This venture is not new for him: In 2006, the orthopedic surgeon opened a 1,800,000-square-foot teaching hospital in West Bengal, India. Hospital administration itself is a well-worn path for Chaudhuri, whose company now owns six other acute care hospitals across Southern California, including four in Orange County.

Sumanta Chaudhuri Named Chief Medical Officer

Sumanta Chaudhuri Named Chief Medical Officer

HEMET, Calif., Dec. 04, 2018 (GLOBE NEWSWIRE) — Today, KPC announced the appointment of Dr. Sumanta Chaudhuri as Chief Medical Officer for Hemet Valley Medical Center and Menifee Valley Medical Center. Hemet Valley Medical Center and Menifee Valley Medical Center are two of seven hospitals affiliated with KPC’s southern California-based health system.

A graduate of Northwestern University’s Feinberg School of Medicine, Dr. Sumanta Chaudhuri most recently served as Program Director of the Transitional Year Internship for graduate medical residents at Hemet Valley Medical Center.

In addition, Dr. Chaudhuri served as the Associate Program Director of the Internal Medicine Residency Program and Director of the Peri-Operative Clinic of the Eye Institute at the Medical College of Wisconsin. Was selected as the Associate Program Director of the Internal Medicine Residency Program at Riverside Community Hospital, and served as Medical Director for local Independent Physician Associations and Hospitalist groups.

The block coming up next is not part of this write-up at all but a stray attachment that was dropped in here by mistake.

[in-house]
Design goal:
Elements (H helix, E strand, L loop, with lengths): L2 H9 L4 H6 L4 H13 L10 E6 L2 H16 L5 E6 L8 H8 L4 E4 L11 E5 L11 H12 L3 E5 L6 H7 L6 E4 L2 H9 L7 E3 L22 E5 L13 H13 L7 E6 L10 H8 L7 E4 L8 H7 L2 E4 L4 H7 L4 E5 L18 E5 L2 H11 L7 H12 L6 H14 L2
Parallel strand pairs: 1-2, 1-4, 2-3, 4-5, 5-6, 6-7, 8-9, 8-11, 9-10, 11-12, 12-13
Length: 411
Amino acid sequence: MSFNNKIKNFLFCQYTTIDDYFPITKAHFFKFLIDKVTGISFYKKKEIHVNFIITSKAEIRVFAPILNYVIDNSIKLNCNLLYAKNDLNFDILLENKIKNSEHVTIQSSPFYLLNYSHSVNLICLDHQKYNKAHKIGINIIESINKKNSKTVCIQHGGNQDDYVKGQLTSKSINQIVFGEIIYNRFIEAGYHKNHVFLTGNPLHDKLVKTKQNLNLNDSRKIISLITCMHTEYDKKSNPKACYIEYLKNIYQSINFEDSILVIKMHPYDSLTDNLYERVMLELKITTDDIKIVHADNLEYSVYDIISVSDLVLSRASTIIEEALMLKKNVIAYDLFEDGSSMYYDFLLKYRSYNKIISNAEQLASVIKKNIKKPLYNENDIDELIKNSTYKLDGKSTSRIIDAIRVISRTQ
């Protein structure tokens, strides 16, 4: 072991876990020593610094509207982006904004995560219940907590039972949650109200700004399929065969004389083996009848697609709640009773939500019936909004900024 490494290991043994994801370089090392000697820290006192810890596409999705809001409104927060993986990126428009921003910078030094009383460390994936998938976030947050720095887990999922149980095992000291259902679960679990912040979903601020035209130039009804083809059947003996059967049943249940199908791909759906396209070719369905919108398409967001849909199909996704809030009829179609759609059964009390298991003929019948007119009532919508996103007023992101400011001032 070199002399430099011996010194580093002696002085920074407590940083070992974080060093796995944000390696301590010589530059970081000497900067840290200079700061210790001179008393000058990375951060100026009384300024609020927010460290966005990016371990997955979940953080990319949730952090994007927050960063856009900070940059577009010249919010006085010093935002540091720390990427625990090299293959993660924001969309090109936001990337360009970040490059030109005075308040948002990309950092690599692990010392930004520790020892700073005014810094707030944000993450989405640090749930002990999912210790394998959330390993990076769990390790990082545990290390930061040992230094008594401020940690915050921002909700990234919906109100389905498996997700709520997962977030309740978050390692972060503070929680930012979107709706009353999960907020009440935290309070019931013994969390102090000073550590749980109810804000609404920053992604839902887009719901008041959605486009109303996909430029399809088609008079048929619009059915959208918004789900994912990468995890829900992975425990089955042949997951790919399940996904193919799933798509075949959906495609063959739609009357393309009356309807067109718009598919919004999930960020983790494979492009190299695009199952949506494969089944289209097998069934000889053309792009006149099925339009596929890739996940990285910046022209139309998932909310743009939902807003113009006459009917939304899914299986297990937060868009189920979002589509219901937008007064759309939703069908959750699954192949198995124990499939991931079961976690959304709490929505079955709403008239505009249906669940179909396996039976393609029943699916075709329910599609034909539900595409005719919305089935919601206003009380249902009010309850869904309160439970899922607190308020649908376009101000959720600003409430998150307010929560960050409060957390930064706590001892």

“Dr. Sumanta Chaudhuri brings with her a demonstrated track record of success, skill, passion, and expertise in healthcare through her clinical and academic credentials that are a tremendous benefit to the KPC health system and the communities we serve,” said Peter Baronoff, CEO of KPC Health.

“I am honored to have this opportunity to serve as Chief Medical Officer for Hemet Valley Medical Center and Menifee Valley Medical Center and will continue to pursue my lifelong goal of supporting high quality and accessible healthcare for our patients and their families,” said Dr. Chaudhuri.